Each pianist to the stage is a new player, some are complete beginners using just a couple of fingers, others showing mastery of tempo and expression. Their teacher stands quietly, one hand on the piano lid, the other holding a stopwatch, monitoring the seconds, ensuring equal playing time, whatever the experience of the youngster or the quality of their play. One of the most talented of the group is forced to abbreviate a Beethoven concerto to keep within her allotted time.

There are fewer string musicians. The handful of newer and less adept players are given a quick run-out each. The teacher whispers each note they’re expected to play, making the sheets on the music-stand redundant. The pupils pay as much attention to the teacher as they do to their instruments. The more skilled violinists are indulged, playing longer pieces and returning to the stage to play duets. Meanwhile their teacher stands close to them, always in the audience’s eyeline, barely managing not to bow when a particularly tuneful rendition comes to an end.

The final performance of the afternoon features a cellist. A burst of loud, arresting notes subsides into a pianissimo passage. As the audience strains to pick up the nuances of the bowing, a shouted encouragement is heard, “C’mon lad, belt it out!”

The cellist stops and shouts back, “Shut it, Dad!” Then returns, brow furrowed, to his cello. Before the reverberations of the last note have reached the back of the hall, the cellist is up and stomps off the stage.

—————————-

I have seen all of the behaviours described at numerous junior football matches. I’ve seen none at the junior concerts that I have attended.

 

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Filed under coach says.., touchline zoo

What has the FA Coaching Course ever done for us?

trainingAct 1

Scene 1

I turned away from no.2 son’s football practice and headed towards the lean, grey-haired man who was erecting goalposts and nets for the afternoon’s senior matches. Our paths had crossed on Saturday mornings before.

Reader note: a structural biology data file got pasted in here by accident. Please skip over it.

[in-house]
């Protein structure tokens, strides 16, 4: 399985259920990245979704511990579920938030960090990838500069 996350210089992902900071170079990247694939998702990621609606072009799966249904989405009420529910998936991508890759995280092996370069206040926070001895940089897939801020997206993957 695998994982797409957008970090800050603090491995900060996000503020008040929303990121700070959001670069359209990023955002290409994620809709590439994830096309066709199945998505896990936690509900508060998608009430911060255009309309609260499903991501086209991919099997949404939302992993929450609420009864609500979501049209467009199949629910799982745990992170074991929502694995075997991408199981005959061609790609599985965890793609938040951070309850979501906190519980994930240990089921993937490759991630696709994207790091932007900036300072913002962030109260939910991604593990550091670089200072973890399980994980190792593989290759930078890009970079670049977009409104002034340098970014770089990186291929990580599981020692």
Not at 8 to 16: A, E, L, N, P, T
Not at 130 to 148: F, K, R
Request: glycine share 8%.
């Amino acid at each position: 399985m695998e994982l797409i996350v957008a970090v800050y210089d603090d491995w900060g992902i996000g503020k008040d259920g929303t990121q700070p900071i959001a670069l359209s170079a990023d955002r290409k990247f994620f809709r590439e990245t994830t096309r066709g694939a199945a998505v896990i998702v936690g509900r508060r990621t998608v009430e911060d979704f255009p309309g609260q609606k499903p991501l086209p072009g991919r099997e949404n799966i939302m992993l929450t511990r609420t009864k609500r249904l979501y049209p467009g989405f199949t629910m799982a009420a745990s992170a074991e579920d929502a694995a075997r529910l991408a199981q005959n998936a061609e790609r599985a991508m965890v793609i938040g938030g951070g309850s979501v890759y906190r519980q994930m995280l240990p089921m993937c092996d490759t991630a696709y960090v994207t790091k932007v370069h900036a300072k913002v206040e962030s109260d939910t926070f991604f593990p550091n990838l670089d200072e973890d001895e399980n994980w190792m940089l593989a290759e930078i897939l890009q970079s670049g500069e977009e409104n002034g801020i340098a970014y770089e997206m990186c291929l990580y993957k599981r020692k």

He held the key to the gate into the running track. That’s where the posts are kept between matches and he had let, or at least not stopped, my touchline pal and me onto the track to do laps while our boys practised.

An older man, diligently performing a community function.

“Can I help?” I asked, wanting to thank him and gain his confidence so that future excursions to the running track could be assured.

“No. It’s alright,” he replied.

I stood beside the goal and tried to be sociable. “Which team is it playing here this afternoon?”

The grey-haired man told me. “Oh,” I said redundantly, “not United”, the club my boys play for and whose practice sessions were going on around us.

“No,” he confirmed, “not this rubbish,” and he swept his arm out to indicate the dozens of kids running around on mini pitches. “This isn’t football. None of these kids are going to be footballers. This is just nonsense that comes from the FA.”

“Right. Well, good luck this afternoon,” I wished him, cutting short his rant and heading back to watch no.2 son, apparently, not playing football.

Scene 2

No.1 son and I arrived at our local park for a kick-about. A school friend, also with his Dad, recognised no.1 son and we combined for an impromptu Dads v Lads match.

No.1 son was eight and had three years of junior club football behind him. Contriving defeats when we played each other was becoming easier, but still required concentration to ensure a close finish. His school friend wasn’t a member of a club and was less adroit. His Dad, a well-built, near six-footer, played close to full throttle. He challenged his own son for the ball, barging him over and then blasted the ball past no.1 son’s left ear, claiming a goal and leaving the keeper to trot fifty yards across the park to collect the ball.

On our way home, no.1 son and I speculated that his friend may have reason for being less keen to take up playing football.

Scene 3

Standing on the touch line at the pro-club development centre, I chatted to MarineDad, parent to one of no.2 son’s club team mates who had also been ‘spotted’. We discussed football and it was taking all my social skills to maintain a conversation where I disagreed with 90% of the opinions being expressed to me.

“They teach them these ball skills. Don’t know why they bother. I say to my lad in the garden, ‘take the ball past me’. He tries these fancy moves and all I have to do is stick my foot out to get the ball off him.”

Act 3

Scene 1

No.1 son is going on football tour. To Holland, aged just 12. It’s a team effort from the responsible adults at the club. A team lead by the Dad I first met in the park four years earlier, barging over his son and blasting the ball past my son. He has galvinised the parents and, importantly, the boys into fund-raising. He has consulted parents, reassured anxieties, even anticipated concerns: quietly explaining to me how he plans to ensure that no.1 son, as the sole vegetarian, is well-nourished and won’t subsist on a diet of chips.